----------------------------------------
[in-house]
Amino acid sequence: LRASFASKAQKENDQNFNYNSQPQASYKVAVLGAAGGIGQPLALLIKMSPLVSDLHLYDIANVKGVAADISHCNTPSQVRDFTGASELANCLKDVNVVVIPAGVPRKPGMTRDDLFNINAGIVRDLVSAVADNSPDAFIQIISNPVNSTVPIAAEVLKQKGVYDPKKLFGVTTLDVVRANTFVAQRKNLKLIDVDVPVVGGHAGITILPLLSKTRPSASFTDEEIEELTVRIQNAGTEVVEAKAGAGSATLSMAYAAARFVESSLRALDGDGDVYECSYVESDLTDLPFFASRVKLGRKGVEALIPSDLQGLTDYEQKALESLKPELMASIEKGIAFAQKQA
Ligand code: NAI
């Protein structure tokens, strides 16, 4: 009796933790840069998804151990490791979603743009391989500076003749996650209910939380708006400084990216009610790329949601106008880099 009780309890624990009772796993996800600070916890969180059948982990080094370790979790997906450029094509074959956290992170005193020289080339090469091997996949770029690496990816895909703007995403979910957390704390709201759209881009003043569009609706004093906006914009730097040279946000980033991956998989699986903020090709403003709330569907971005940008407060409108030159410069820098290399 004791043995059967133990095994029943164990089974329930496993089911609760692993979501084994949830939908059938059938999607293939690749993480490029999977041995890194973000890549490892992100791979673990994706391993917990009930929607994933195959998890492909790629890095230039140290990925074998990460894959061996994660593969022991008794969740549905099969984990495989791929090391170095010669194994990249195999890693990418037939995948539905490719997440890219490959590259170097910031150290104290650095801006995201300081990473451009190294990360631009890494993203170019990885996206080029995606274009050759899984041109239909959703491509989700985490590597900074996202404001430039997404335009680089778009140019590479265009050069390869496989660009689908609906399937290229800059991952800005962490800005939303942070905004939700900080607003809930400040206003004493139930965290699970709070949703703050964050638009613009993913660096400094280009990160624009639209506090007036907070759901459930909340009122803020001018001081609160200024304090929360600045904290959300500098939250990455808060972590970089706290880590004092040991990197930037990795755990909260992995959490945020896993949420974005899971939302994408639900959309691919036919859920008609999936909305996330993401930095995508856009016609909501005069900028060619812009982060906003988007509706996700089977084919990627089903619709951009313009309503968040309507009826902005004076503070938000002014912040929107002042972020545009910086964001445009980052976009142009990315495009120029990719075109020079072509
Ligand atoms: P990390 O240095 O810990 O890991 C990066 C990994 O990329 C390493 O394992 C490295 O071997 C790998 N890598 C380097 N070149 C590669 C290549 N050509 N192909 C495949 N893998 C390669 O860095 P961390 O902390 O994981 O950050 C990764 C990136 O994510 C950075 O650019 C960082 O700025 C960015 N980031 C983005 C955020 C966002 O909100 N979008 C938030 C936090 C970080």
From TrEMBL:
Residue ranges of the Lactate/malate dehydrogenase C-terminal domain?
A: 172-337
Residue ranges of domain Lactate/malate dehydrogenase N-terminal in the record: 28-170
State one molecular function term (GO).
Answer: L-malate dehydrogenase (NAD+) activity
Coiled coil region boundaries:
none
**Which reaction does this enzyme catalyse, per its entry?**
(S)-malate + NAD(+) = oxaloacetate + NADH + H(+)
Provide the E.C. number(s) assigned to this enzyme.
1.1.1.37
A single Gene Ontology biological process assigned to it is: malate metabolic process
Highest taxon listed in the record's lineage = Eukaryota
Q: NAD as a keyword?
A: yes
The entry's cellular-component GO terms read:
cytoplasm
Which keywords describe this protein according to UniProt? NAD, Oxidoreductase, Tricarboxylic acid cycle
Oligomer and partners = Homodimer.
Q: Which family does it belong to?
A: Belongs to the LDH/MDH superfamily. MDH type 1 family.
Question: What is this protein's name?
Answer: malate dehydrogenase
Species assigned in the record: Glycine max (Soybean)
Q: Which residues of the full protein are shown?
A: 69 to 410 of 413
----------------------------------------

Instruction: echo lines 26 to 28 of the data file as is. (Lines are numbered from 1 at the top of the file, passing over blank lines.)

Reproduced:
Q: Which family does it belong to?
A: Belongs to the LDH/MDH superfamily. MDH type 1 family.
Question: What is this protein's name?